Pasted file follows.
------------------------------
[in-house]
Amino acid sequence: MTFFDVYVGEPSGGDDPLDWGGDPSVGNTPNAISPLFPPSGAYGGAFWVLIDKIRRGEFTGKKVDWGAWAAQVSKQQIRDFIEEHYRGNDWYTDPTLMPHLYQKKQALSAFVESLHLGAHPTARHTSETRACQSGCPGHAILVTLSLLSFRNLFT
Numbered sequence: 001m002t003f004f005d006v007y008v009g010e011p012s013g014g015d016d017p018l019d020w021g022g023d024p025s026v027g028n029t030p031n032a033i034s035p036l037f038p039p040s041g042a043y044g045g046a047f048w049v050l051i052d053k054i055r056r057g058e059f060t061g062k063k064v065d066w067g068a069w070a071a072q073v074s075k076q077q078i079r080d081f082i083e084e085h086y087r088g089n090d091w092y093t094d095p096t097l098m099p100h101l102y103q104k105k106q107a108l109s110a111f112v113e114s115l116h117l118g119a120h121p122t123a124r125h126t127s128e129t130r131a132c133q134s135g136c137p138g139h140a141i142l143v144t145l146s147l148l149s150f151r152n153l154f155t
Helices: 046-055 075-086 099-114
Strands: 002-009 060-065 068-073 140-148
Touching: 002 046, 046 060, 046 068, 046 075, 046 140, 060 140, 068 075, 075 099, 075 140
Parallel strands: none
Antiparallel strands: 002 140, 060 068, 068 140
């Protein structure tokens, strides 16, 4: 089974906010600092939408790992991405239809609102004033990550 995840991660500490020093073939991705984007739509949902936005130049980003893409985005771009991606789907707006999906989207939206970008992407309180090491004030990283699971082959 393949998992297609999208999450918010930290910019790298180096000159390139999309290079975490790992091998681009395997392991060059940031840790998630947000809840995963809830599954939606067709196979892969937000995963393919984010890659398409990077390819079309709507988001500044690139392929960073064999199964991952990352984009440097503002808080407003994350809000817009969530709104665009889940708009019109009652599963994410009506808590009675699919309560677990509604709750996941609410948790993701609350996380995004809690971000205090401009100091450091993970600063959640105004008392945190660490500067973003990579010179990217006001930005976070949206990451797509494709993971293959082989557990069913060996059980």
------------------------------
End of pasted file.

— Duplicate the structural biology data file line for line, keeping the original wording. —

[in-house]
Amino acid sequence: MTFFDVYVGEPSGGDDPLDWGGDPSVGNTPNAISPLFPPSGAYGGAFWVLIDKIRRGEFTGKKVDWGAWAAQVSKQQIRDFIEEHYRGNDWYTDPTLMPHLYQKKQALSAFVESLHLGAHPTARHTSETRACQSGCPGHAILVTLSLLSFRNLFT
Numbered sequence: 001m002t003f004f005d006v007y008v009g010e011p012s013g014g015d016d017p018l019d020w021g022g023d024p025s026v027g028n029t030p031n032a033i034s035p036l037f038p039p040s041g042a043y044g045g046a047f048w049v050l051i052d053k054i055r056r057g058e059f060t061g062k063k064v065d066w067g068a069w070a071a072q073v074s075k076q077q078i079r080d081f082i083e084e085h086y087r088g089n090d091w092y093t094d095p096t097l098m099p100h101l102y103q104k105k106q107a108l109s110a111f112v113e114s115l116h117l118g119a120h121p122t123a124r125h126t127s128e129t130r131a132c133q134s135g136c137p138g139h140a141i142l143v144t145l146s147l148l149s150f151r152n153l154f155t
Helices: 046-055 075-086 099-114
Strands: 002-009 060-065 068-073 140-148
Touching: 002 046, 046 060, 046 068, 046 075, 046 140, 060 140, 068 075, 075 099, 075 140
Parallel strands: none
Antiparallel strands: 002 140, 060 068, 068 140
């Protein structure tokens, strides 16, 4: 089974906010600092939408790992991405239809609102004033990550 995840991660500490020093073939991705984007739509949902936005130049980003893409985005771009991606789907707006999906989207939206970008992407309180090491004030990283699971082959 393949998992297609999208999450918010930290910019790298180096000159390139999309290079975490790992091998681009395997392991060059940031840790998630947000809840995963809830599954939606067709196979892969937000995963393919984010890659398409990077390819079309709507988001500044690139392929960073064999199964991952990352984009440097503002808080407003994350809000817009969530709104665009889940708009019109009652599963994410009506808590009675699919309560677990509604709750996941609410948790993701609350996380995004809690971000205090401009100091450091993970600063959640105004008392945190660490500067973003990579010179990217006001930005976070949206990451797509494709993971293959082989557990069913060996059980």